I am responding to the Feb. 17 editorial regarding historic designation of the Old Stone Inn in the West End ("This Old House"). This is a nomination all of us should support.
But the bigger issue is that preservation should not be seen as a last-minute option or used as a "battering ram" to prevent development. Rather, historic preservation should be employed as a planning tool to guide development before a property becomes too derelict to be saved.
There are some cases when preservation is a measure of last resort to save historic sites. But the Young Preservationists Association of Pittsburgh has urged from its outset for the community to be more vigilant of historic properties that could be at risk and to take action before the issue becomes contentious.
This is why we issued the report "Unprotected Pittsburgh" in 2006 that details 130 properties in the city of Pittsburgh that are not protected city historic landmarks.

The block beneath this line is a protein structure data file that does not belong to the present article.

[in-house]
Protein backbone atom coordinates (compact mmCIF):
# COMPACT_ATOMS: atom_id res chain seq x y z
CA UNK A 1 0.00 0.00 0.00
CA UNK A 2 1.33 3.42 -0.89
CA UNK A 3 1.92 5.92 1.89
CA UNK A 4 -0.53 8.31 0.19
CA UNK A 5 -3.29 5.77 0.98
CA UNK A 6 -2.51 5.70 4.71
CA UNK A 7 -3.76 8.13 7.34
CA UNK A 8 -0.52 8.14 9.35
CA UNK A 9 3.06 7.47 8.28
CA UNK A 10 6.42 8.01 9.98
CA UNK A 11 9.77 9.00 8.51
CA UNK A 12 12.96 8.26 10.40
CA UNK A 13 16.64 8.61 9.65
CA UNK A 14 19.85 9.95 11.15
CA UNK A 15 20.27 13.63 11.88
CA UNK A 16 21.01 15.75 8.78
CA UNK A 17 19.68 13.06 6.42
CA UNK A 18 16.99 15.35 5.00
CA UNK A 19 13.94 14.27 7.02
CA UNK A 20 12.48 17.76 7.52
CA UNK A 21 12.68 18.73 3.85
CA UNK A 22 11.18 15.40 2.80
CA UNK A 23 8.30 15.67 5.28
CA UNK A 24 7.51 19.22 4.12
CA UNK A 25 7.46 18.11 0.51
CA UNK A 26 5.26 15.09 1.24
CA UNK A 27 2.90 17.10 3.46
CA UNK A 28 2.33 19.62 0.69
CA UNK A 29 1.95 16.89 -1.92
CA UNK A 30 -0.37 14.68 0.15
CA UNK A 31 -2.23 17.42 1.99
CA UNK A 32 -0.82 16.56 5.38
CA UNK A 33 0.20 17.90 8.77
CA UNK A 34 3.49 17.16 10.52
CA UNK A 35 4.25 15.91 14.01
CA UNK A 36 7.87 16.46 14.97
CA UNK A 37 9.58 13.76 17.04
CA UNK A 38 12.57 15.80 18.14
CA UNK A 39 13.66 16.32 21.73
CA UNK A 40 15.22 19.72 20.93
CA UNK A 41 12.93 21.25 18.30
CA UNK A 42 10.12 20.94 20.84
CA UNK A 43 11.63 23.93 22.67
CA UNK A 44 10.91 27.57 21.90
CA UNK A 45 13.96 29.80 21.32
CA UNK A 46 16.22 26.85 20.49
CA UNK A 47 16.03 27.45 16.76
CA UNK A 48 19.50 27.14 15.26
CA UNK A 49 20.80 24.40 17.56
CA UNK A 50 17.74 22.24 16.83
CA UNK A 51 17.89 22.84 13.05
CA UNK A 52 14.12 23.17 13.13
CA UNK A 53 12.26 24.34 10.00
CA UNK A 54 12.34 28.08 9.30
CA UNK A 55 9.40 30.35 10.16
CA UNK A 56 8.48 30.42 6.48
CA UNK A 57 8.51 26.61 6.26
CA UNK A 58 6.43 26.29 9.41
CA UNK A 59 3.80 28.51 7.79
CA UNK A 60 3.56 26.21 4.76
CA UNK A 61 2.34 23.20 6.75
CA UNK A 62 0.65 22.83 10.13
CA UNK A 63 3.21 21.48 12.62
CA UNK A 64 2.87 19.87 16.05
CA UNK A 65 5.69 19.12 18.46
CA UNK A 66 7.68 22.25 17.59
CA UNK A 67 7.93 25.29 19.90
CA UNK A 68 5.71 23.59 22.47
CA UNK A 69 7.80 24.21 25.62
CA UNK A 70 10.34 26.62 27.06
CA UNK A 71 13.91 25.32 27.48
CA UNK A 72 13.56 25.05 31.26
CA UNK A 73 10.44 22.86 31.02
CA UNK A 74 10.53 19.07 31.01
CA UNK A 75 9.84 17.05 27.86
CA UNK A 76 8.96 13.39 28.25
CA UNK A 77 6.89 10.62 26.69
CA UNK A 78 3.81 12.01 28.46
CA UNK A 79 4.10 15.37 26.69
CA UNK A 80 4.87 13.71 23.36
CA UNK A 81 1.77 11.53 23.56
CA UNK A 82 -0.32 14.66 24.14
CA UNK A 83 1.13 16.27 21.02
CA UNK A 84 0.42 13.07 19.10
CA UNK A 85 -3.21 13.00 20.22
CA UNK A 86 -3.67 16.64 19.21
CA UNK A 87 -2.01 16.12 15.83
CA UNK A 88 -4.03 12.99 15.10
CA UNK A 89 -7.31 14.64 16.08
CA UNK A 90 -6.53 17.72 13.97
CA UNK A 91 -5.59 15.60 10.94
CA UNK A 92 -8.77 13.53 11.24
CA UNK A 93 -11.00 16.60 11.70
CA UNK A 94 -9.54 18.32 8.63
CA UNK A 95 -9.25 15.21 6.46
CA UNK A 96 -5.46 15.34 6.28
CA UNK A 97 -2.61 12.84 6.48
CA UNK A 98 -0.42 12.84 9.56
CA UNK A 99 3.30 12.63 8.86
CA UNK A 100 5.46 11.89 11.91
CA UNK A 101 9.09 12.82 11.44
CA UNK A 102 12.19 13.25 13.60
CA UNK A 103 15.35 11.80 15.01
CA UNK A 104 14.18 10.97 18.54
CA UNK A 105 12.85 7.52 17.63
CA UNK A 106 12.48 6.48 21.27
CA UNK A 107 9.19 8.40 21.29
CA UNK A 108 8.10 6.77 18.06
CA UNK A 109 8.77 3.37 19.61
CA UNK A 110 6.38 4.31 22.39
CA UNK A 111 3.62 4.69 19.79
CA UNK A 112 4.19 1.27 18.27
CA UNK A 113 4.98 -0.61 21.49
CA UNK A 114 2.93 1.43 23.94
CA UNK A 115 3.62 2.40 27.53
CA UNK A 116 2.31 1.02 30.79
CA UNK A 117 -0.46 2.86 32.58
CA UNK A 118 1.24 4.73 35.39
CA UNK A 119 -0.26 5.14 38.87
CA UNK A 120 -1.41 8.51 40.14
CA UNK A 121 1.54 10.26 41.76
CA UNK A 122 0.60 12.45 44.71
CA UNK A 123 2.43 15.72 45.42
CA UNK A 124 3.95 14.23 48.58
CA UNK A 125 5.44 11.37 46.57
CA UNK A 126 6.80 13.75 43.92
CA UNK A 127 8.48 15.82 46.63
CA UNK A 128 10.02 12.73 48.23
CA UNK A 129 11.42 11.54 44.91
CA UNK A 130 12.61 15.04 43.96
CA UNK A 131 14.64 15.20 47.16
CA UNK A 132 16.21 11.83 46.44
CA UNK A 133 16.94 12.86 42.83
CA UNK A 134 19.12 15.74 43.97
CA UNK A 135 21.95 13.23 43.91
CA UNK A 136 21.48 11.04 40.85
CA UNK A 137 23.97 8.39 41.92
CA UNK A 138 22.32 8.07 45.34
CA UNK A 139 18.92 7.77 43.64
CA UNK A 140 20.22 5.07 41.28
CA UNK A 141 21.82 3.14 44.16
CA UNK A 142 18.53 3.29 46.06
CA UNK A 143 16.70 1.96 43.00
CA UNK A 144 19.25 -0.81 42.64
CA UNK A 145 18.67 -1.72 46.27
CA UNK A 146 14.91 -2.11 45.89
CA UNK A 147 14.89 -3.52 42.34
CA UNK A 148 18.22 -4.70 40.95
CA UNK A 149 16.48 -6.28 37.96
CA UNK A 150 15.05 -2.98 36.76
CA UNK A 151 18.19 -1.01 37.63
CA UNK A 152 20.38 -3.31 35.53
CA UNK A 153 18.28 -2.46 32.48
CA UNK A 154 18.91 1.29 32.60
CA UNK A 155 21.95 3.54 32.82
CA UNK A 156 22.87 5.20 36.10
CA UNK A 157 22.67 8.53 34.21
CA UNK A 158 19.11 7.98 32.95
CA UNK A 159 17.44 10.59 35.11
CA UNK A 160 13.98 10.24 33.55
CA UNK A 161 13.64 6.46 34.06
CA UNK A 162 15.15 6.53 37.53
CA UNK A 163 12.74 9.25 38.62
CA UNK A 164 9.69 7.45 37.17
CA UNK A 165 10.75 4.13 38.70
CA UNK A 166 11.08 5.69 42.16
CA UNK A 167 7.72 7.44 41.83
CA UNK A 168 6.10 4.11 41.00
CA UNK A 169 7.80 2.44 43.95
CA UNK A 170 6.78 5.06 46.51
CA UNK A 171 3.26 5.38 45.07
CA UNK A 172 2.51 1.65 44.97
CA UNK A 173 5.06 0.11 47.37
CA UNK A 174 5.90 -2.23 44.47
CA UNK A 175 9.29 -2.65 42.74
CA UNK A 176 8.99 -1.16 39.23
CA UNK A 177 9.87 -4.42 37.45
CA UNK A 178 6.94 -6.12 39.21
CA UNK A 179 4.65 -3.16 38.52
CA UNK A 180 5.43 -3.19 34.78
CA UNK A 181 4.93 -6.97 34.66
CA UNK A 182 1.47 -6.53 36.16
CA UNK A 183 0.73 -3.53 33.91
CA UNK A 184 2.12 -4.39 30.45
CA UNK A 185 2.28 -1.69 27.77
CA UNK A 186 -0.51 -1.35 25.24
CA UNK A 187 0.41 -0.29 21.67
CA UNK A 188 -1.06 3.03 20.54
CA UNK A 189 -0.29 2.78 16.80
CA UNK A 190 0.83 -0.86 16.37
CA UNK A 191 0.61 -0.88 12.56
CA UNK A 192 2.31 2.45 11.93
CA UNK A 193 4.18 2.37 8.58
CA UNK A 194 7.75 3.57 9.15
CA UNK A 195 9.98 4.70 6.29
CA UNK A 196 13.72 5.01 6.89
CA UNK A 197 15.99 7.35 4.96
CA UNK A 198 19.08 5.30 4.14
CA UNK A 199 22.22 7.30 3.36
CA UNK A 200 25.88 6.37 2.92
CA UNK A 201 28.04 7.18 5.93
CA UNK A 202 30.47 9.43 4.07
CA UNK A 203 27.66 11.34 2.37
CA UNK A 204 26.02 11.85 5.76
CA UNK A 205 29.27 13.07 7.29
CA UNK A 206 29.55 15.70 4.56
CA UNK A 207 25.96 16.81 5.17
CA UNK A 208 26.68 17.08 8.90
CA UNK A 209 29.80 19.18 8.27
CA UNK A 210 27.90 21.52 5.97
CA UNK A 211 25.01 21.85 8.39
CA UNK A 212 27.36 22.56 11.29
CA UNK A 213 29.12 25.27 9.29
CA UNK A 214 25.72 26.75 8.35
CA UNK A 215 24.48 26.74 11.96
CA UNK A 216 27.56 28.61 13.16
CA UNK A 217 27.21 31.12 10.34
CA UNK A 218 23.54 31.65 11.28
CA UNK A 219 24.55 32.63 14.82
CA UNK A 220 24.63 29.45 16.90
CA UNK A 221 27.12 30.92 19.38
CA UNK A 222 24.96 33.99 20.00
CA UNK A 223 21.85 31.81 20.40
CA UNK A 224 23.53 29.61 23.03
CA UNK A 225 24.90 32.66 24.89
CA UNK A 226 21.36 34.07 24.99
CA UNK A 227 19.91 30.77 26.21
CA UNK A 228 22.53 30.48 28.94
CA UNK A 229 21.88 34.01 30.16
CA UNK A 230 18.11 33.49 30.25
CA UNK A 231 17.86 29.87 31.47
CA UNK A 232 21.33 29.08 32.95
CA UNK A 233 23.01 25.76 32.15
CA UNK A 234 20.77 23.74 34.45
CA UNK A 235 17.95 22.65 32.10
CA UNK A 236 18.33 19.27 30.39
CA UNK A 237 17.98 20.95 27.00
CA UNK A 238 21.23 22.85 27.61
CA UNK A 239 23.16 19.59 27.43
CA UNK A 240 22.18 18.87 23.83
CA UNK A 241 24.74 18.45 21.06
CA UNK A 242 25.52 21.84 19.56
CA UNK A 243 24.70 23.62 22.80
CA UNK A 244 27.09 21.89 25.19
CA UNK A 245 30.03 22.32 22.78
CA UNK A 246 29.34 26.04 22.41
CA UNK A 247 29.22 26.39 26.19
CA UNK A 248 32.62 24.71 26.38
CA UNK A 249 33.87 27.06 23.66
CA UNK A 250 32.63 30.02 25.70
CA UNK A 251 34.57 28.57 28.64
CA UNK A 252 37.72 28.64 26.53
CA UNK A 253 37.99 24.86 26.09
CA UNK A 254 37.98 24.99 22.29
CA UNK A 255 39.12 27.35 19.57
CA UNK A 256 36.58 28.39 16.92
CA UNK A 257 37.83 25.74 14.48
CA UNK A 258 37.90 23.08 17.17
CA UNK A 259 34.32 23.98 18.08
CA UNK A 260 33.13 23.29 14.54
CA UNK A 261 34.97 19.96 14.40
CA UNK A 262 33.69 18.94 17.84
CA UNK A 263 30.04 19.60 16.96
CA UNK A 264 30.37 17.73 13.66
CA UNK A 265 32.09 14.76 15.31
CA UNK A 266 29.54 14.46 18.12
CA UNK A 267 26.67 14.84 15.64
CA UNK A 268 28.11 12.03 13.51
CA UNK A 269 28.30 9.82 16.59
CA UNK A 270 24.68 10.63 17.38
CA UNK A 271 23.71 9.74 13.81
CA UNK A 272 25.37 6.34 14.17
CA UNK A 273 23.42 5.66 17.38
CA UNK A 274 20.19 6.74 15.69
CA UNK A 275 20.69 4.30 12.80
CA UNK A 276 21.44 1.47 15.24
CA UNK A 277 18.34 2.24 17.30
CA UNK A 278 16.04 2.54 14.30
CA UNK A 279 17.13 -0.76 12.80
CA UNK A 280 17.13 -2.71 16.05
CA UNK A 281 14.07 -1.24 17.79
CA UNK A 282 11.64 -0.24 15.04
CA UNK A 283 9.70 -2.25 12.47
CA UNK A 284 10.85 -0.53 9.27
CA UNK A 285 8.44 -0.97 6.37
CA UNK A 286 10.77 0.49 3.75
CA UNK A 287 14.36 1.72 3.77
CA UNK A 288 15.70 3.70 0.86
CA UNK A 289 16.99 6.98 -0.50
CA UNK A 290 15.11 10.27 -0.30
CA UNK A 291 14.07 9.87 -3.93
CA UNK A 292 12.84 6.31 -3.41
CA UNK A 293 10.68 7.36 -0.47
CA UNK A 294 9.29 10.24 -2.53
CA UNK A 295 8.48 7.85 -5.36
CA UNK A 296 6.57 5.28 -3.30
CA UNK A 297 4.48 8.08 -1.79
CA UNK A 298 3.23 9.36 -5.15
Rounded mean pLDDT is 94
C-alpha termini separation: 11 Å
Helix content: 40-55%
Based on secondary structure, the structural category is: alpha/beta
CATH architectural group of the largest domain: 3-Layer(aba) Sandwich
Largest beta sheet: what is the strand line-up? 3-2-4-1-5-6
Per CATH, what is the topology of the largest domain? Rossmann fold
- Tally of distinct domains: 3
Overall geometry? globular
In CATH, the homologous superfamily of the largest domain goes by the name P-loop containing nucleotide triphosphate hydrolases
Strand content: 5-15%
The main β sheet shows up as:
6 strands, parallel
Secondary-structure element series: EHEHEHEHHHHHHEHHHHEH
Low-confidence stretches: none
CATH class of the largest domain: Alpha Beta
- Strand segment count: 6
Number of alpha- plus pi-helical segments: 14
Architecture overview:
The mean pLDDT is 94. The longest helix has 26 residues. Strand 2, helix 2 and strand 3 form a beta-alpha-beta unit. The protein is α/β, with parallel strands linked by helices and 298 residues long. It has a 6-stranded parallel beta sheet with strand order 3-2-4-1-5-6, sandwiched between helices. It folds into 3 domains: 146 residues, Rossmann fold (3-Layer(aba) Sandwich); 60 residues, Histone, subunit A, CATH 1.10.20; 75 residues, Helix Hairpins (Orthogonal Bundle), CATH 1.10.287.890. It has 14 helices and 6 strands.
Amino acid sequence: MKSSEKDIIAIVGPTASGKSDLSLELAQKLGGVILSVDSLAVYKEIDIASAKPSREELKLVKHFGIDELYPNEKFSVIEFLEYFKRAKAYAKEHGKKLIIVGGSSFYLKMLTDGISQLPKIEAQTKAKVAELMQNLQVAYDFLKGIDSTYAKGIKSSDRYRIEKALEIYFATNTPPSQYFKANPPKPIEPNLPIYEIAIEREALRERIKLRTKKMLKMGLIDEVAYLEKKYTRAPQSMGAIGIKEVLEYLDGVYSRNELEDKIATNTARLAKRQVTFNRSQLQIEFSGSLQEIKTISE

These include the former Kaufmann's (now Macy's) department store, the modernist icon Regional Enterprise Tower (former Alcoa headquarters), the Duquesne Incline and the home of Robert L. Vann, founder of the Pittsburgh Courier, in Homewood.
More sites can and should be added to the city's inventory of historic properties long before they stir up controversy or become neglected and abandoned.
The city of Pittsburgh historic preservation code empowers citizens to protect and preserve the city's valuable historic legacy. But it seems this power is used too seldom or as a last-minute response to an issue that should have been on the community's radar screen for many years.
Chief Executive Officer
Young Preservationists Association of Pittsburgh